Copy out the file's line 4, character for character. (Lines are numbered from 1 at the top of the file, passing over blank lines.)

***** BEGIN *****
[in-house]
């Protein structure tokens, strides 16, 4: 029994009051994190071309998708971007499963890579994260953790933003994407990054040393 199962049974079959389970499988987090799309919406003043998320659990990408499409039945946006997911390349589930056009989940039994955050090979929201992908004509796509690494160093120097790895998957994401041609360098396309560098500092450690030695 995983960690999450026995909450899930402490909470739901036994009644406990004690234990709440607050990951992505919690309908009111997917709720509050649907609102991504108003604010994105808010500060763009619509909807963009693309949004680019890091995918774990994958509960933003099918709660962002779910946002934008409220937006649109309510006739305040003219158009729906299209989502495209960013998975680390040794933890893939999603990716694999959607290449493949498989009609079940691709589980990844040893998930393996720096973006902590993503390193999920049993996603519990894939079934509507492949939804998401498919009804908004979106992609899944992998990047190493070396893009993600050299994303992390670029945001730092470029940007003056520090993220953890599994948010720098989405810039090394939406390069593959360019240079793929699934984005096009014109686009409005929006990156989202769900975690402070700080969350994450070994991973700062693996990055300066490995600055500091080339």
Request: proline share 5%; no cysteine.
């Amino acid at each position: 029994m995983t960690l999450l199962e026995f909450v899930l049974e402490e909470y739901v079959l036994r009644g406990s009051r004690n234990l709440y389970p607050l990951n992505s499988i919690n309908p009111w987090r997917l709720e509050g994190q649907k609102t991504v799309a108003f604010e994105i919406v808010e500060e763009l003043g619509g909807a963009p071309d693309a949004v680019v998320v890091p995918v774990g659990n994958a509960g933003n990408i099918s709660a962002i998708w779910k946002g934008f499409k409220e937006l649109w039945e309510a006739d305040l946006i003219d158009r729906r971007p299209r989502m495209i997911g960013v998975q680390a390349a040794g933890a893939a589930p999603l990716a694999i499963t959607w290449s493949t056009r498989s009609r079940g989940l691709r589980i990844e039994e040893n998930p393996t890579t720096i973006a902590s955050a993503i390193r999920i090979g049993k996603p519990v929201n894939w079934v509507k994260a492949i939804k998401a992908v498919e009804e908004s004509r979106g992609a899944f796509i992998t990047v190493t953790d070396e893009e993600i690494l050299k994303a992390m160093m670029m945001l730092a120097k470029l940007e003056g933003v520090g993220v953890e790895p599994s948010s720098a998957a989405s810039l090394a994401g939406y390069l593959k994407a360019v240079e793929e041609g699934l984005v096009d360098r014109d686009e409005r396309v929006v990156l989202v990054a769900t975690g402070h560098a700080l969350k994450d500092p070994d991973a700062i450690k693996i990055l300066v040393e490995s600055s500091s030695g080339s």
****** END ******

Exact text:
């Amino acid at each position: 029994m995983t960690l999450l199962e026995f909450v899930l049974e402490e909470y739901v079959l036994r009644g406990s009051r004690n234990l709440y389970p607050l990951n992505s499988i919690n309908p009111w987090r997917l709720e509050g994190q649907k609102t991504v799309a108003f604010e994105i919406v808010e500060e763009l003043g619509g909807a963009p071309d693309a949004v680019v998320v890091p995918v774990g659990n994958a509960g933003n990408i099918s709660a962002i998708w779910k946002g934008f499409k409220e937006l649109w039945e309510a006739d305040l946006i003219d158009r729906r971007p299209r989502m495209i997911g960013v998975q680390a390349a040794g933890a893939a589930p999603l990716a694999i499963t959607w290449s493949t056009r498989s009609r079940g989940l691709r589980i990844e039994e040893n998930p393996t890579t720096i973006a902590s955050a993503i390193r999920i090979g049993k996603p519990v929201n894939w079934v509507k994260a492949i939804k998401a992908v498919e009804e908004s004509r979106g992609a899944f796509i992998t990047v190493t953790d070396e893009e993600i690494l050299k994303a992390m160093m670029m945001l730092a120097k470029l940007e003056g933003v520090g993220v953890e790895p599994s948010s720098a998957a989405s810039l090394a994401g939406y390069l593959k994407a360019v240079e793929e041609g699934l984005v096009d360098r014109d686009e409005r396309v929006v990156l989202v990054a769900t975690g402070h560098a700080l969350k994450d500092p070994d991973a700062i450690k693996i990055l300066v040393e490995s600055s500091s030695g080339s």